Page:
How to make a Negroni with Australian Gin

How to make a Negroni with Australian Gin

Everything fell into place exactly as our guest might have dreamt it. He knew the native botanicals growing in his backyard would produce an amazing spirit. When one of the most famous men in the whisky world agreed that there might be something in this, Eddie Brook’s dreams became a reality.

Together, Eddie has gone on to produce more than one award-winning spirit, after establishing the Cape Byron Distillery. The Dry Gin, Slow Gin and MAC liqueur are on the menu now, but just wait, the whisky is coming!

His original m.o. might not have been to rework the Negroni per se,  but the outcome of his pursuits have provided bartenders with new spirits with which to create inventive takes on the Italian classic.

If you want to make his fabulous Slowgroni – made with Brookie’s Slow Gin, find the recipe here!

Who’s on tap next:

In the next episode, we go from down under to lower ground floor to meet the owner of one of London’s temple of rum and one of the best bars in the world.

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Eddie Brook, Cape Byron Distillery, Byron Bay - Pinterest

If you wish to read a transcript of the episode, it’s here below!

Eddie Brook was born into a family of risk-takers. Thirty years ago, his parents purchased a rundown dairy farm and moved, lock stock & barrel to the wilds of Byron Bay, Australia.

Once there, they realized they had purchased land on the edge of the largest subtropical rainforest in Australia. Known as The Big Scrub, it had been decimated in the 19th C to make room for crops. Now less than 1% of the land survives. Eddie’s parents felt in their heart that it was their duty to actively start regenerating the land. They began by applying to the bank for a loan to plant 35,000 rainforest trees.

Thirty years later, there has been a five-fold increase in the amount of trees, the birds have returned, and wallabies, koalas, and platypi call it home.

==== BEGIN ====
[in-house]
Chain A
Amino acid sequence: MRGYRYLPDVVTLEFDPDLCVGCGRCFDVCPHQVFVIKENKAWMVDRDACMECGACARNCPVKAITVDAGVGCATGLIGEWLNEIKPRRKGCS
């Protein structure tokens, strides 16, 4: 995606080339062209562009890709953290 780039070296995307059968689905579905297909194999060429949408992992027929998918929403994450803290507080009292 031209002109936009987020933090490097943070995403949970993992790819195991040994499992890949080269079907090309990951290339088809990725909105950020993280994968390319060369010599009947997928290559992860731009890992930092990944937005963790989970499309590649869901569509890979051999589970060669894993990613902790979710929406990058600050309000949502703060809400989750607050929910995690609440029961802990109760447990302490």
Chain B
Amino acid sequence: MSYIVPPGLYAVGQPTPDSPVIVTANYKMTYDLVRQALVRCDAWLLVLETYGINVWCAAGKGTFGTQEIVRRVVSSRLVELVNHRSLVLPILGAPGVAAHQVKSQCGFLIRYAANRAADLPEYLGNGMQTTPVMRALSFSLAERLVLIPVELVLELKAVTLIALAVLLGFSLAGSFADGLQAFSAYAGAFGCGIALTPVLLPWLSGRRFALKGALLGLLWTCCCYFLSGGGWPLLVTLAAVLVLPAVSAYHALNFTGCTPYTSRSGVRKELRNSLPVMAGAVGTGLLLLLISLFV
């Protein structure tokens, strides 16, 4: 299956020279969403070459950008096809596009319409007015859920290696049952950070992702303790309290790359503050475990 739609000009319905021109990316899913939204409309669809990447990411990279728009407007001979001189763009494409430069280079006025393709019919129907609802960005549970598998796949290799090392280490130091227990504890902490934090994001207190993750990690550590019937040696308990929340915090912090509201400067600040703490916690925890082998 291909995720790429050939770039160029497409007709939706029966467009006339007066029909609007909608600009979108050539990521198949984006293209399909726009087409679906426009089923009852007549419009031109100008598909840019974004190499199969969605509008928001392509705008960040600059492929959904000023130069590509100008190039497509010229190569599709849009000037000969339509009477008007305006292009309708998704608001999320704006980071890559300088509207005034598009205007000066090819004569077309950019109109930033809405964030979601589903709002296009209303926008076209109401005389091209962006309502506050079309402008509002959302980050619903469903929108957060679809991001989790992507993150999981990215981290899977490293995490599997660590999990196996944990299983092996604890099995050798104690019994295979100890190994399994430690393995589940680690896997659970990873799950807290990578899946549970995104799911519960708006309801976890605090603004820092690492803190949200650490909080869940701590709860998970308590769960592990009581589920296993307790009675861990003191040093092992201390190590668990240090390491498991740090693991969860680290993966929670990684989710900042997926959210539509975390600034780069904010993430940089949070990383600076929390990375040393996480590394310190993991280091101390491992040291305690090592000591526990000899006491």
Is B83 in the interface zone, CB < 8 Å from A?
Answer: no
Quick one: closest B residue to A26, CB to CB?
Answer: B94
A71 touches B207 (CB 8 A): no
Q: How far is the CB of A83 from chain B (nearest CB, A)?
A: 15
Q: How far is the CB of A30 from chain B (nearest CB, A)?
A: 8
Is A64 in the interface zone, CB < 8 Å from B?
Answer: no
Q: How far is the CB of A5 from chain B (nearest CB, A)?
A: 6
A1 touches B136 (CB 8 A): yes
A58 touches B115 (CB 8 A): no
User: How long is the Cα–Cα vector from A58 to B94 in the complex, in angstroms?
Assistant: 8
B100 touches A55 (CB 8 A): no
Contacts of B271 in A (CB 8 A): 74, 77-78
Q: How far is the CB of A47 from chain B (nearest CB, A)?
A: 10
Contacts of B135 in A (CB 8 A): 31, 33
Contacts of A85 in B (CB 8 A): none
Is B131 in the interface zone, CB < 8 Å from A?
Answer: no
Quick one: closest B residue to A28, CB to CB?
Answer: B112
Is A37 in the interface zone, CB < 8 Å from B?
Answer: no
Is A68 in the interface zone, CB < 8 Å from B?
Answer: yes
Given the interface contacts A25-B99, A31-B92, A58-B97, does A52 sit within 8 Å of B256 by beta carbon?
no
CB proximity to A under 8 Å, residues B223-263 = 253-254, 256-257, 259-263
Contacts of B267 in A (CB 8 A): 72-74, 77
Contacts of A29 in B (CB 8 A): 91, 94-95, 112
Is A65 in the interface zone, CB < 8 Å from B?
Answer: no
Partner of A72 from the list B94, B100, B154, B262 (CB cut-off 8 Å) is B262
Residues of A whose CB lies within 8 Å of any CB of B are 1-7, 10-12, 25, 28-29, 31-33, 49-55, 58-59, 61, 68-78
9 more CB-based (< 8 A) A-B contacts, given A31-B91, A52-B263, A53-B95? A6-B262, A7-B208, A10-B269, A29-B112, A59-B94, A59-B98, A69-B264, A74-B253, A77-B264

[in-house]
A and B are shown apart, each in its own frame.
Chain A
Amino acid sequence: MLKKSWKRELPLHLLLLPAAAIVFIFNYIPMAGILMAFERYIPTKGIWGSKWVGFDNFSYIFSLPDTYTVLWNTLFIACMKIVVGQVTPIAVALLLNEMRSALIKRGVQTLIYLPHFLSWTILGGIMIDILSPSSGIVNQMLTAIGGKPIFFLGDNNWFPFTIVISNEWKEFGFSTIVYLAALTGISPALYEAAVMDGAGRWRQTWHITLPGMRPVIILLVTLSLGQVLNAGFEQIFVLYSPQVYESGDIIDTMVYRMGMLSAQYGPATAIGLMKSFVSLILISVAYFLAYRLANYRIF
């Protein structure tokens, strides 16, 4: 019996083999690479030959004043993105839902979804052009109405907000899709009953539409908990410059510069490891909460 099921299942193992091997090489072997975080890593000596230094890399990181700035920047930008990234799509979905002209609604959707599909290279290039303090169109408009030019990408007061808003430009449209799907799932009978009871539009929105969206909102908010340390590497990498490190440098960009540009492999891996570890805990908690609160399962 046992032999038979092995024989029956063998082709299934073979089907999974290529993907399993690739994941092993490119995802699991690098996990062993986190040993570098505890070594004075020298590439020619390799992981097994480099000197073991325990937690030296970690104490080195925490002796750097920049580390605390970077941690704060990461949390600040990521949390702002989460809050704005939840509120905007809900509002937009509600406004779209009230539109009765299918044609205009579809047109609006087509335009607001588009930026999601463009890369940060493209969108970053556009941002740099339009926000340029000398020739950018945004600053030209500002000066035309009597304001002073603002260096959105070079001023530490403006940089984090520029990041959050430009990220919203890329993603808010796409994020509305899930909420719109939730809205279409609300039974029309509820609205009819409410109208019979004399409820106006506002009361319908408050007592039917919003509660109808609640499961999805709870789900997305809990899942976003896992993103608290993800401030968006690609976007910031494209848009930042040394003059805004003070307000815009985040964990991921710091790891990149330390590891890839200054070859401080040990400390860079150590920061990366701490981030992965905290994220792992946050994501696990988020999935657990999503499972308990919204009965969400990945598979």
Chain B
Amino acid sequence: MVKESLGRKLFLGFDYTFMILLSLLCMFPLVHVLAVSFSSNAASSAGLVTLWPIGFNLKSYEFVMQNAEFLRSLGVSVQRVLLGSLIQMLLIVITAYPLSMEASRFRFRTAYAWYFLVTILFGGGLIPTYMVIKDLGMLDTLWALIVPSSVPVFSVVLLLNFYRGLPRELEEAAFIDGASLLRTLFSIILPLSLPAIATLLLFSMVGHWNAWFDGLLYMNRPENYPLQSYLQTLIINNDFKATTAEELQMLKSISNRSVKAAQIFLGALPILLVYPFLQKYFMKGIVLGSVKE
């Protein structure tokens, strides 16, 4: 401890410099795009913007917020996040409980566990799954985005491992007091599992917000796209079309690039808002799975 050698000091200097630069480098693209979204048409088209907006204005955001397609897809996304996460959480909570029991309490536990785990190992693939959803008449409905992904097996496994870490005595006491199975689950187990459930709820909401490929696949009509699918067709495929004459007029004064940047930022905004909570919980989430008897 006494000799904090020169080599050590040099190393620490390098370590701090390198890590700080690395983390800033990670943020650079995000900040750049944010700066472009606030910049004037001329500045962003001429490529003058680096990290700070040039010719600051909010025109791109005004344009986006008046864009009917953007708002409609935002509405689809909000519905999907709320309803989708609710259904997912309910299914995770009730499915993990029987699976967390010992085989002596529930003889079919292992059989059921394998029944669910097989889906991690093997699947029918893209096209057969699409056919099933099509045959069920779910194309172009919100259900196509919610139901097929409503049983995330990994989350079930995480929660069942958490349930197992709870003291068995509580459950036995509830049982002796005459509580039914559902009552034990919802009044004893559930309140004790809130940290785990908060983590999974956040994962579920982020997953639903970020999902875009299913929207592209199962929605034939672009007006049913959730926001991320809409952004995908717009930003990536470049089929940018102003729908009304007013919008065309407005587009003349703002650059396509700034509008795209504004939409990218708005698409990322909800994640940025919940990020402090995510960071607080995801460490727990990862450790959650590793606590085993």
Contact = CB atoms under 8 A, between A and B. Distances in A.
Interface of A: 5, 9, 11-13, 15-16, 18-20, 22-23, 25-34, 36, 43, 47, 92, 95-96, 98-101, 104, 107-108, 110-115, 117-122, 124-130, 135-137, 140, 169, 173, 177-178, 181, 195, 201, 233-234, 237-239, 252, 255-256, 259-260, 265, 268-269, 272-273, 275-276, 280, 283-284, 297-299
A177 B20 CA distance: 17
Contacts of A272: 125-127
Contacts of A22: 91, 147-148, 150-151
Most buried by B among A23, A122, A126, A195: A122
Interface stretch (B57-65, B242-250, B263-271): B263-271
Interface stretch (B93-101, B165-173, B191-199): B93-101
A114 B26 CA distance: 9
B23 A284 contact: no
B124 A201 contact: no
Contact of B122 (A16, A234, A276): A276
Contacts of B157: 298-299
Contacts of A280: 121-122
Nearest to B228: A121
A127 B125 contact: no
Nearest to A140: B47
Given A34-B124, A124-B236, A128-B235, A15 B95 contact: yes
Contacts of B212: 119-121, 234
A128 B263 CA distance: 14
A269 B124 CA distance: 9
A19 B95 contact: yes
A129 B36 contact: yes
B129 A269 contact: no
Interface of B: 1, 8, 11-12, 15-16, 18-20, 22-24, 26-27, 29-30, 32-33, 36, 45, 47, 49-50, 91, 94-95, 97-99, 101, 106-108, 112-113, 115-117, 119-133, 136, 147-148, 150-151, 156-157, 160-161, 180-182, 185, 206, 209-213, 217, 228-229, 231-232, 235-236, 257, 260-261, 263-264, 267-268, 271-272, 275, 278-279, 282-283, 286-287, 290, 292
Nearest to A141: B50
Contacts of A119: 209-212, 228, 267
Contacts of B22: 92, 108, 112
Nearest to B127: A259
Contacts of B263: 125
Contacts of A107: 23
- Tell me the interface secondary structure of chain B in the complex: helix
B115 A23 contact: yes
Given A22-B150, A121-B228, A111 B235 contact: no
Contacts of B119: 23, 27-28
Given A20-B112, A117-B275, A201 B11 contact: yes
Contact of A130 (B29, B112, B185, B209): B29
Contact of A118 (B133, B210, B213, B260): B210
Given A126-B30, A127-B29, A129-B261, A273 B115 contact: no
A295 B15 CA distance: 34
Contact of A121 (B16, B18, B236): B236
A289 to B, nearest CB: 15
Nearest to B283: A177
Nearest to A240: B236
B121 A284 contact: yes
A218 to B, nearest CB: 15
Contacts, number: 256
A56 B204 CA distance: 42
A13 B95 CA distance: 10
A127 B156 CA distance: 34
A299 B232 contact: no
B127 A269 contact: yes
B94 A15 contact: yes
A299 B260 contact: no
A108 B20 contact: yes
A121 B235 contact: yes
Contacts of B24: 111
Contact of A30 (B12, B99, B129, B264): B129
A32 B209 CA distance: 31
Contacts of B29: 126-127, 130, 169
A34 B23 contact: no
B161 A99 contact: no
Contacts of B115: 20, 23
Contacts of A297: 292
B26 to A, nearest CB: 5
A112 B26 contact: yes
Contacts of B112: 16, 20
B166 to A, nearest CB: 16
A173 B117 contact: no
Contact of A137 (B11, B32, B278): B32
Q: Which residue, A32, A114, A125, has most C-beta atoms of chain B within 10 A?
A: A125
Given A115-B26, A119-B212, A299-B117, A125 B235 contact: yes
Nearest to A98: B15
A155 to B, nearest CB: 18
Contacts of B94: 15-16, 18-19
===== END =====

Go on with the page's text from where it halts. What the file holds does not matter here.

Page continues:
The family’s primary business was growing macadamia nuts. Everyday, Eddie would come home from school and his mother would be in the kitchen making different macadamia nut products, like muesli and granola. His mother would bake during the day and then Eddie would help bag up the products, pack up the car, go to the markets, and sell.

Growing up in the culinary world, he knew he wanted to make it his life. From a young age, he began working in kitchens, eventually becoming a cocktail bartender. He made a point to work with the best in the industry, e.g Marco Nunes from Canvas who has gone on to be a legend in the bar world. Still it was the brand ambassadors that inspired him – how they spoke about a product, sharing stories of spirits from all over the world. As he began managing bars and creating cocktail menus, his role grew to become more and more that of a brand ambassador and worked for Buffalo Trace, Hayman’s and Bruichladdich among others.

Working with Bruichladdich wasn’t just a job for Eddie. To put it lightly, Jim McEwen, the former Master Distiller of Bruichladdich, was one of the biggest influences of his life. At home watching YouTube videos of Jim, Eddie was not only seduced by the way he talked about whisky, but also how Bruichladdich had transformed the lifeblood for its community.  Due to this one spirit, that community survived and now farmers were growing barley again, the school was flourishing, and people were finding jobs.

As luck would have it, Eddie was sent on a 22 stop tour with Jim throughout Australia. During the tour, they formed quite a friendship, with Eddie impressing upon Jim the true passion he had for the land where he was born. Hearing Eddie describe the plants in the rainforest, the native flavors, the diverse botanicals,  from Aniseed Myrtle to Finger Lime to Cinnamon Myrtle, Jim felt that they had been destined to meet and help him great a spirit together!